If How Ya Doin’ reminds me of anyone, in a curious way it reminds me of Treepeople, with whom Colorfast played a number of shows. Doug Martsch would later temper this approach in Built To Spill, but in Treepeople both he and Scott Schmaljohn wrote urgent, noisy, secret pop songs with unusually angular basslines. I’m thinking of tracks like Anything’s Impossible, In C, or Party.
It’s also worth noting here the influence of producer Kurt Bloch. When most people think about the Seattle sound — especially in this era — they invariably think of grunge and metal. But, none of those groups — including heavyweights like Nirvana and Mudhoney — were operating on the frequency of The Fastbacks, Bloch’s long-running pop-punk institution. Kurt’s ear for marrying punk rock drive with pop melody made him the ideal custodian for the Colorfast dynamic. While I’d love for everyone reading this to become an OC fan, I’d also love it if you dove into the Fastbacks discography. There’s gold in them thar hills.
Overwhelming Colorfast – Every Saturday
Bob: We’re going to do a video for (Two Words). I think we’re going to do it with Spike Jonze.
Ted: Which song?
Bob: Every Saturday.
Ted: There’s a lot of “hits” on the record. I love How Ya Doin’. That’s a great song.
Bob: So do I. That was my initial choice. When we were kicking around the song for the first single, it was Every Saturday, Both Sides, Roy Orbison, or How Ya Doin’. How Ya Doin’ was what I wanted to do, but I passed out copies of the album to all my friends and they were like, “Every Saturday! That song is so rad.”
–Bob Reed in Flipside, Number 90, June/July 1994
FYI, there was no video made for Two Words, Spike Jonze-helmed or otherwise. As it turns out, Sony purchased Relativity, the label that issued both this album and their 1992 debut, shortly after the release of the album. Label support essentially dried up while the conquering army figured out what to do with the various pawns on their new chessboard. Unfortunately for Colorfast, they were not part of Sony’s long term plans. The band’s goal/fantasy of major label distribution and active A&R promotion gave way to the reality of marginalized asset management.
Nevertheless, the record speaks for itself. I think if you like these 3 songs, you should strongly consider supporting the band’s Kickstarter project, for no other reason than good music needs to be rewarded. And even if you can’t afford the project, give the band a listen. They’re one of the hidden gems from a wildly misunderstood era of rock ‘n’ roll. Between Spotify and YouTube you can sample a decent chunk of their catalog and maybe hear what I heard in the band 20+ years ago.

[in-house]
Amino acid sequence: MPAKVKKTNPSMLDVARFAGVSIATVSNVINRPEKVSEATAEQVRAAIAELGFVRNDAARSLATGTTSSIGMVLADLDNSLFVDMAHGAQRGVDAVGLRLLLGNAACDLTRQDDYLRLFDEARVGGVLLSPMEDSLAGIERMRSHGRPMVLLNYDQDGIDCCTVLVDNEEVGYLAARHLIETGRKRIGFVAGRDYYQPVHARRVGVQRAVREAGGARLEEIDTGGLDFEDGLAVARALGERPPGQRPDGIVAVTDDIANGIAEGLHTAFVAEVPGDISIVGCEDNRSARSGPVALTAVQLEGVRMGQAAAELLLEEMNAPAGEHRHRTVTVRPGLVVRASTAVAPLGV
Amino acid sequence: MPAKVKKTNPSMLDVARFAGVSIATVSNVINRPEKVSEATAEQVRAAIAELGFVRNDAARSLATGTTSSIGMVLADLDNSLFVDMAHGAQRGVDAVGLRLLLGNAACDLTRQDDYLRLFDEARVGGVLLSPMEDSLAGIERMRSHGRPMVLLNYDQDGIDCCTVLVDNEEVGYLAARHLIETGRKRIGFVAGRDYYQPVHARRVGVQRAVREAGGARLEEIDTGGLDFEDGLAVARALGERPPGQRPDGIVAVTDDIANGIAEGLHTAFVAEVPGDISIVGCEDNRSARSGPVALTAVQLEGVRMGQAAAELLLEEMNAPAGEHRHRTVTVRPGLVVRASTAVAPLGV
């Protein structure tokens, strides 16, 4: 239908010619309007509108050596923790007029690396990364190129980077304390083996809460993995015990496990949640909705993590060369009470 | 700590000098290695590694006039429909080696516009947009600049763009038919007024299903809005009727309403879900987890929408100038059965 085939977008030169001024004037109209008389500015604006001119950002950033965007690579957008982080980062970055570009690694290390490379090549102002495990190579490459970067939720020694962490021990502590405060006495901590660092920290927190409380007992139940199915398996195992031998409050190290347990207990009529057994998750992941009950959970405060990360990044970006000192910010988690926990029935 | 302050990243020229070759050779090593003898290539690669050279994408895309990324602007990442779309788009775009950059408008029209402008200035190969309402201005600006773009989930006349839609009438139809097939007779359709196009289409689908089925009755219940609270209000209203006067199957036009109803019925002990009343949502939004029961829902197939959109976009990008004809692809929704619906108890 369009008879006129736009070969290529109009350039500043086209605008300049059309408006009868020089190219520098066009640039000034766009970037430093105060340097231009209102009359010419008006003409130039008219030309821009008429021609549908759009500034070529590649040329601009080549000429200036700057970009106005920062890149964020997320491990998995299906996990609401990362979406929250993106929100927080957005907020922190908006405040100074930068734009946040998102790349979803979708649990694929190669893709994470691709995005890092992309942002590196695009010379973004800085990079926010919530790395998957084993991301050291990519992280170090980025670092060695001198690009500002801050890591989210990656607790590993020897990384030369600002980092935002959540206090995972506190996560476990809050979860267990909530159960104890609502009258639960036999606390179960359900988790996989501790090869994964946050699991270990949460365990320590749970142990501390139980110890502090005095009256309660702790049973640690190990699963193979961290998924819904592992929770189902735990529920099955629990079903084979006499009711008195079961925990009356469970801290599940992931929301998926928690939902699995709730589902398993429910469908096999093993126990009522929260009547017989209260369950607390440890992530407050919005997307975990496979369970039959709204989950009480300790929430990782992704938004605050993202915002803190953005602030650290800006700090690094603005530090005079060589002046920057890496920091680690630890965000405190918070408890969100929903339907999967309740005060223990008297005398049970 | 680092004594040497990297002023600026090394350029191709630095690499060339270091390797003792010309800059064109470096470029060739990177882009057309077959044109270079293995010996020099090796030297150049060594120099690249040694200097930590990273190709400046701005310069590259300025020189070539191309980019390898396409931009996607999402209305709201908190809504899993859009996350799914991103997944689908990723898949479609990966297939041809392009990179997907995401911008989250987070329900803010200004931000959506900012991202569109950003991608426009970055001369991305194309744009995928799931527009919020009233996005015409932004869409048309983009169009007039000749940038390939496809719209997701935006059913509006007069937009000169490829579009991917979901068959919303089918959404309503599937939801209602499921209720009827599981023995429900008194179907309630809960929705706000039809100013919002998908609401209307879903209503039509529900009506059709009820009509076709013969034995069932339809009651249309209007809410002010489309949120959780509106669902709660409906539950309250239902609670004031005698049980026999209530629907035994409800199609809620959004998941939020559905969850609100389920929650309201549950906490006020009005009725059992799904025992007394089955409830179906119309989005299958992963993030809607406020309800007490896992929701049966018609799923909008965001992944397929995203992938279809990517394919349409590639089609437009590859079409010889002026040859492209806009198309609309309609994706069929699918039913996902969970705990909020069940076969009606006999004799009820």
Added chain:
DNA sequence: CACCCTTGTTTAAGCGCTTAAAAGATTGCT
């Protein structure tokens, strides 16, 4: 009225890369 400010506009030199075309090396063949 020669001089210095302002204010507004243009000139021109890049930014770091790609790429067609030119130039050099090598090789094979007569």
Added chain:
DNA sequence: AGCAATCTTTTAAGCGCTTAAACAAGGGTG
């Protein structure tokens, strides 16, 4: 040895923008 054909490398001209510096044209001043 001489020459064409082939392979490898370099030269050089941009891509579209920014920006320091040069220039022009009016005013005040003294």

THE CASTING OF PODS
In an effort to promote Overwhelming Colorfast’s Kickstarter project, I had a fun conversation with drummer, Dan Reed, this past Saturday. Dan is a great guy and he shared some fantastic insights about the origin of the project, the making of Two Words, and the state of the band at the time (1993-94). Apologies in advance for the sound of the recording. It’s not great, but it is listenable. We were both on cellphones and I captured it the best I knew how. I’m not too proud to ask for help, though. If you guys have any proven solutions for recording phone conversations with as much clarity as possible, I’m all ears. Be it apps or software, I’m open to anything.
Incidentally, in relistening to the conversation I realized that when we discuss the making of their first record (Overwhelming Colorfast, 1992), we reference a producer named Butch. Well, that Butch was none other than Butch Vig, the producer of Nirvana’s Nevermind. The funny thing about that, though, is that when Colorfast was in the studio with Vig, Nevermind hadn’t been released yet. In fact, they were the last band to record with Vig before he became a household name. So, I just wanted to clear that up. I think one of us says his full name towards the end of the podcast, but I wanted to note this before you dive in because I think that adds an interesting layer to the story.
One last time: Overwhelming Colorfast Kickstarter Project. Ends April 16, 2018.